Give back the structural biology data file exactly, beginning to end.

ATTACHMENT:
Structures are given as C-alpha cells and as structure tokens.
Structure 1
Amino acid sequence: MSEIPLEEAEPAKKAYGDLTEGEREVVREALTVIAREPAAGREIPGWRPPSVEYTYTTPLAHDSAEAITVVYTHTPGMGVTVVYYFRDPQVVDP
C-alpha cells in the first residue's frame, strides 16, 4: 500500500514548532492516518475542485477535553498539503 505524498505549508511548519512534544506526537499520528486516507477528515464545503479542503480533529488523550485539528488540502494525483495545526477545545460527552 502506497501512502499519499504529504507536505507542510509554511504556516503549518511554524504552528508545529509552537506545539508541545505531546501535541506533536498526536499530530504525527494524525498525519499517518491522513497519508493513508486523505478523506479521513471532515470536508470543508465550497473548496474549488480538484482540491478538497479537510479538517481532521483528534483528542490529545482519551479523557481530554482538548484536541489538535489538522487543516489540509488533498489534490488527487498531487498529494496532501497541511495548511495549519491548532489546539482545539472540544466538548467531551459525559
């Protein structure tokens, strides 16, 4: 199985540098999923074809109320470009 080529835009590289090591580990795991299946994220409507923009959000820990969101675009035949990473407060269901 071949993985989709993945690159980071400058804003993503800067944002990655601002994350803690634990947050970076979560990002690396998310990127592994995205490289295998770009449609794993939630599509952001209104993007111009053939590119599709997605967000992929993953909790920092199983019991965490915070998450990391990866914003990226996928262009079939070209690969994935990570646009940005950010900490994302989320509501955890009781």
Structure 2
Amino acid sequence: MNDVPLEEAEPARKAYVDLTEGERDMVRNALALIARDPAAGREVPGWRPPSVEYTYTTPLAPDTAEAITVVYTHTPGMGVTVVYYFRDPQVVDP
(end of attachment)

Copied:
Structures are given as C-alpha cells and as structure tokens.
Structure 1
Amino acid sequence: MSEIPLEEAEPAKKAYGDLTEGEREVVREALTVIAREPAAGREIPGWRPPSVEYTYTTPLAHDSAEAITVVYTHTPGMGVTVVYYFRDPQVVDP
C-alpha cells in the first residue's frame, strides 16, 4: 500500500514548532492516518475542485477535553498539503 505524498505549508511548519512534544506526537499520528486516507477528515464545503479542503480533529488523550485539528488540502494525483495545526477545545460527552 502506497501512502499519499504529504507536505507542510509554511504556516503549518511554524504552528508545529509552537506545539508541545505531546501535541506533536498526536499530530504525527494524525498525519499517518491522513497519508493513508486523505478523506479521513471532515470536508470543508465550497473548496474549488480538484482540491478538497479537510479538517481532521483528534483528542490529545482519551479523557481530554482538548484536541489538535489538522487543516489540509488533498489534490488527487498531487498529494496532501497541511495548511495549519491548532489546539482545539472540544466538548467531551459525559
């Protein structure tokens, strides 16, 4: 199985540098999923074809109320470009 080529835009590289090591580990795991299946994220409507923009959000820990969101675009035949990473407060269901 071949993985989709993945690159980071400058804003993503800067944002990655601002994350803690634990947050970076979560990002690396998310990127592994995205490289295998770009449609794993939630599509952001209104993007111009053939590119599709997605967000992929993953909790920092199983019991965490915070998450990391990866914003990226996928262009079939070209690969994935990570646009940005950010900490994302989320509501955890009781």
Structure 2
Amino acid sequence: MNDVPLEEAEPARKAYVDLTEGERDMVRNALALIARDPAAGREVPGWRPPSVEYTYTTPLAPDTAEAITVVYTHTPGMGVTVVYYFRDPQVVDP